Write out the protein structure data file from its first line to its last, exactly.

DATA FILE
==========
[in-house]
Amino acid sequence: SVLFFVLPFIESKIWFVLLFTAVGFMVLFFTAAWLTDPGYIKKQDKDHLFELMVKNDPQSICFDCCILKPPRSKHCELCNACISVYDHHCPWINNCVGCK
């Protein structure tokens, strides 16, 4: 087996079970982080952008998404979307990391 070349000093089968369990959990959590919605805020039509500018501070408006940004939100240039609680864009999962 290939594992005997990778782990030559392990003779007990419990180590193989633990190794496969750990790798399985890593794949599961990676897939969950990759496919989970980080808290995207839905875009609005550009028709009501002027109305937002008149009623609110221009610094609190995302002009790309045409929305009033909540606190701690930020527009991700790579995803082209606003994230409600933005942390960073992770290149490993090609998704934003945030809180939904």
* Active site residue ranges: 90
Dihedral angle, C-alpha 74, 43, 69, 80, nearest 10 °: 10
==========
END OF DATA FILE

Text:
[in-house]
Amino acid sequence: SVLFFVLPFIESKIWFVLLFTAVGFMVLFFTAAWLTDPGYIKKQDKDHLFELMVKNDPQSICFDCCILKPPRSKHCELCNACISVYDHHCPWINNCVGCK
């Protein structure tokens, strides 16, 4: 087996079970982080952008998404979307990391 070349000093089968369990959990959590919605805020039509500018501070408006940004939100240039609680864009999962 290939594992005997990778782990030559392990003779007990419990180590193989633990190794496969750990790798399985890593794949599961990676897939969950990759496919989970980080808290995207839905875009609005550009028709009501002027109305937002008149009623609110221009610094609190995302002009790309045409929305009033909540606190701690930020527009991700790579995803082209606003994230409600933005942390960073992770290149490993090609998704934003945030809180939904």
* Active site residue ranges: 90
Dihedral angle, C-alpha 74, 43, 69, 80, nearest 10 °: 10